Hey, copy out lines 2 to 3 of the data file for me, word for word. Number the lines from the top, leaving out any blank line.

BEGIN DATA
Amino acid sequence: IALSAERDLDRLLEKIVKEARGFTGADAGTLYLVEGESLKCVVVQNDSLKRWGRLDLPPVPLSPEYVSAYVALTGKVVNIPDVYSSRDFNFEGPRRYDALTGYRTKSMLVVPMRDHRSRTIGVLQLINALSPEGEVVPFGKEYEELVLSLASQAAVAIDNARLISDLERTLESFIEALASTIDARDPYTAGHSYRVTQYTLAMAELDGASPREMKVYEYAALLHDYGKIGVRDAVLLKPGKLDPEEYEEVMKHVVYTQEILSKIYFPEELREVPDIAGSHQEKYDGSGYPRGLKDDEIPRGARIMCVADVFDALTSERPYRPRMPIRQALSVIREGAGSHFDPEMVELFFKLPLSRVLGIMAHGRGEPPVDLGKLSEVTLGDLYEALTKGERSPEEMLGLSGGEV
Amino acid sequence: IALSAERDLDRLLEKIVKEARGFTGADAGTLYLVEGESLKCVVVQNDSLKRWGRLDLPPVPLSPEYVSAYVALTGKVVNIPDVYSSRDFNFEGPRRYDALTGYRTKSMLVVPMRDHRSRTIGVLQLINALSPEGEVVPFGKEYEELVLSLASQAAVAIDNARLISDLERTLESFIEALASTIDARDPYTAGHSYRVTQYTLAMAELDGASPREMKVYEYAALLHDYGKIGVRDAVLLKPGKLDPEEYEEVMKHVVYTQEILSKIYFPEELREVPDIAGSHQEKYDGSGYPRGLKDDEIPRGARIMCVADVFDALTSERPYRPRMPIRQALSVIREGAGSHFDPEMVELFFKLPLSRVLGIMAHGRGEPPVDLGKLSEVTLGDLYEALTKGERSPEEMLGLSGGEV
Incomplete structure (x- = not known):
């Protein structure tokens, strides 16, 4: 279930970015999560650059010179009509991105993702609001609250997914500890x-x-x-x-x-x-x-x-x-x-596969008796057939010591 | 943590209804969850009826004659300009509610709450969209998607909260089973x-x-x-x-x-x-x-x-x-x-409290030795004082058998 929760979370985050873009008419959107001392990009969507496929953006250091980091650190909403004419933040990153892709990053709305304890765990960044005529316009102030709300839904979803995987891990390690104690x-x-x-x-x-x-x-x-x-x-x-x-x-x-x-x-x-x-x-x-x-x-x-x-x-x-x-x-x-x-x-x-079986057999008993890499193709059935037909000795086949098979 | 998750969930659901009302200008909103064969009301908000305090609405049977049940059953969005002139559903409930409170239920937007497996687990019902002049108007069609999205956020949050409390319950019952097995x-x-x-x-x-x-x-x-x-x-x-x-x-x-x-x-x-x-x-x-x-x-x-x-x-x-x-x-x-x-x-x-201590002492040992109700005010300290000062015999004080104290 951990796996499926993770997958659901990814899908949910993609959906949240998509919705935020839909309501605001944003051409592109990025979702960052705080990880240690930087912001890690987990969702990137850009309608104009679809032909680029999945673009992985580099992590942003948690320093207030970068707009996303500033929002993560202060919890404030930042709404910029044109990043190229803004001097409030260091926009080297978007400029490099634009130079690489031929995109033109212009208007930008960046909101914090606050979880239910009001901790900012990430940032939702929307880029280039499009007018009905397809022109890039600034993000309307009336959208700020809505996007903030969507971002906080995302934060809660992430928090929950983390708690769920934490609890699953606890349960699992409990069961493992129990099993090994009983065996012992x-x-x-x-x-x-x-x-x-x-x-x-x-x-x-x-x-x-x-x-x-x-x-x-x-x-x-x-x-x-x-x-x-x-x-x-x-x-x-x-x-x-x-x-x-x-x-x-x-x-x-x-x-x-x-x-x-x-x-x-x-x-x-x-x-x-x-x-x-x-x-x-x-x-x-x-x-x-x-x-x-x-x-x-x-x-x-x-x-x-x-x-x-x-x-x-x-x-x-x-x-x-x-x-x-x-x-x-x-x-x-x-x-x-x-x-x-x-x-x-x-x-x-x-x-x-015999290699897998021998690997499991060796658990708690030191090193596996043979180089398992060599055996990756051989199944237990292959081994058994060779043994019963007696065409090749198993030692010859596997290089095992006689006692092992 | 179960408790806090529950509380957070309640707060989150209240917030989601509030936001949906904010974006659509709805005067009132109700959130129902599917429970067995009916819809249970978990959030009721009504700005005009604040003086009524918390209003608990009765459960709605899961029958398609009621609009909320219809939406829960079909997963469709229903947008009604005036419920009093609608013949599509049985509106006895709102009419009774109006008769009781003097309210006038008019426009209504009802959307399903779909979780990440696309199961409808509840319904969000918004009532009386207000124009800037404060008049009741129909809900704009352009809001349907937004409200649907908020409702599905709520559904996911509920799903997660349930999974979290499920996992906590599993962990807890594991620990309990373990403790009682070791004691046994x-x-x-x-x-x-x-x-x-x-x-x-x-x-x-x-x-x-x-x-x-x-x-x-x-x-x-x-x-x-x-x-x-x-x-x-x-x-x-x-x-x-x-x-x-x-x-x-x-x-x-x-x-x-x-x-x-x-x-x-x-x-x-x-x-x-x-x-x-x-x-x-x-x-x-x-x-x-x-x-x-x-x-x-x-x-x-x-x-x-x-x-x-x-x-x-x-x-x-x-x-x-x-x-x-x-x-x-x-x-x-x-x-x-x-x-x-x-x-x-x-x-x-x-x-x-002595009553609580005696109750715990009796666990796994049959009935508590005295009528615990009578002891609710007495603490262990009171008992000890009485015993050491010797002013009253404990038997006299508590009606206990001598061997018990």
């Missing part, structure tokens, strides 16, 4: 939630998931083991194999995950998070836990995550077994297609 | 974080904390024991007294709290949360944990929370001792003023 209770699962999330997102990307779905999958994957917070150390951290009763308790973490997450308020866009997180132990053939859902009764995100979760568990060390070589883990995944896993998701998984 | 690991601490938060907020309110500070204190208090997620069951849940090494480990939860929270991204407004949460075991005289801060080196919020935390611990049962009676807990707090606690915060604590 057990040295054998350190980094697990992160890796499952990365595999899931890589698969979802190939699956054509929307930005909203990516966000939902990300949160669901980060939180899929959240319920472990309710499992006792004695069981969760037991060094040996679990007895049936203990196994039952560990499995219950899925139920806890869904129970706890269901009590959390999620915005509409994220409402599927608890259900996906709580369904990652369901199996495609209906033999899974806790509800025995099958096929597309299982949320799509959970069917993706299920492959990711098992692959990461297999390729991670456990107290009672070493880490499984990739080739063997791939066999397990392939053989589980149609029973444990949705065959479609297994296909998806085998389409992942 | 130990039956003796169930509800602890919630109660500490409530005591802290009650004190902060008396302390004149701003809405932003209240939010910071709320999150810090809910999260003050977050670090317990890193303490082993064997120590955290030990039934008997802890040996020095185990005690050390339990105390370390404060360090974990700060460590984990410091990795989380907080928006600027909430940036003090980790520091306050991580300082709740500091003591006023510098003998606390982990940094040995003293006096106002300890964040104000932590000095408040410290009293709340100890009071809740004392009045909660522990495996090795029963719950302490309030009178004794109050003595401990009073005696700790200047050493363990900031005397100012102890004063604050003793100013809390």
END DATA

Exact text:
Amino acid sequence: IALSAERDLDRLLEKIVKEARGFTGADAGTLYLVEGESLKCVVVQNDSLKRWGRLDLPPVPLSPEYVSAYVALTGKVVNIPDVYSSRDFNFEGPRRYDALTGYRTKSMLVVPMRDHRSRTIGVLQLINALSPEGEVVPFGKEYEELVLSLASQAAVAIDNARLISDLERTLESFIEALASTIDARDPYTAGHSYRVTQYTLAMAELDGASPREMKVYEYAALLHDYGKIGVRDAVLLKPGKLDPEEYEEVMKHVVYTQEILSKIYFPEELREVPDIAGSHQEKYDGSGYPRGLKDDEIPRGARIMCVADVFDALTSERPYRPRMPIRQALSVIREGAGSHFDPEMVELFFKLPLSRVLGIMAHGRGEPPVDLGKLSEVTLGDLYEALTKGERSPEEMLGLSGGEV
Incomplete structure (x- = not known):